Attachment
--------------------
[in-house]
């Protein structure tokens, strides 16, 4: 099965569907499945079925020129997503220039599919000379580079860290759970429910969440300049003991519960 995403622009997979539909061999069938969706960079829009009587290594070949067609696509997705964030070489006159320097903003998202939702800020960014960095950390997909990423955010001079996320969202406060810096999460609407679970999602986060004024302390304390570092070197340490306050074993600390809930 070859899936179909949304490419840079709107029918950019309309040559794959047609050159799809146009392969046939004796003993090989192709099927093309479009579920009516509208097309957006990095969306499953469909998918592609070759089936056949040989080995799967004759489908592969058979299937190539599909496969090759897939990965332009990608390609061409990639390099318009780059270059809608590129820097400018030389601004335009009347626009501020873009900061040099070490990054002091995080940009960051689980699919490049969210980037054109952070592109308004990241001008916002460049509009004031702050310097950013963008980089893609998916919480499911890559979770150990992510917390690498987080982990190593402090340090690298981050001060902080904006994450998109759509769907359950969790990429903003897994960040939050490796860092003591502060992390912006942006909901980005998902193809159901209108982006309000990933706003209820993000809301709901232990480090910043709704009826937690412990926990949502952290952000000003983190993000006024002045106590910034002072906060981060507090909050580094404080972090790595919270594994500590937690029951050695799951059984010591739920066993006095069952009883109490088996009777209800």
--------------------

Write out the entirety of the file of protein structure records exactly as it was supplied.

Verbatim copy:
[in-house]
């Protein structure tokens, strides 16, 4: 099965569907499945079925020129997503220039599919000379580079860290759970429910969440300049003991519960 995403622009997979539909061999069938969706960079829009009587290594070949067609696509997705964030070489006159320097903003998202939702800020960014960095950390997909990423955010001079996320969202406060810096999460609407679970999602986060004024302390304390570092070197340490306050074993600390809930 070859899936179909949304490419840079709107029918950019309309040559794959047609050159799809146009392969046939004796003993090989192709099927093309479009579920009516509208097309957006990095969306499953469909998918592609070759089936056949040989080995799967004759489908592969058979299937190539599909496969090759897939990965332009990608390609061409990639390099318009780059270059809608590129820097400018030389601004335009009347626009501020873009900061040099070490990054002091995080940009960051689980699919490049969210980037054109952070592109308004990241001008916002460049509009004031702050310097950013963008980089893609998916919480499911890559979770150990992510917390690498987080982990190593402090340090690298981050001060902080904006994450998109759509769907359950969790990429903003897994960040939050490796860092003591502060992390912006942006909901980005998902193809159901209108982006309000990933706003209820993000809301709901232990480090910043709704009826937690412990926990949502952290952000000003983190993000006024002045106590910034002072906060981060507090909050580094404080972090790595919270594994500590937690029951050695799951059984010591739920066993006095069952009883109490088996009777209800």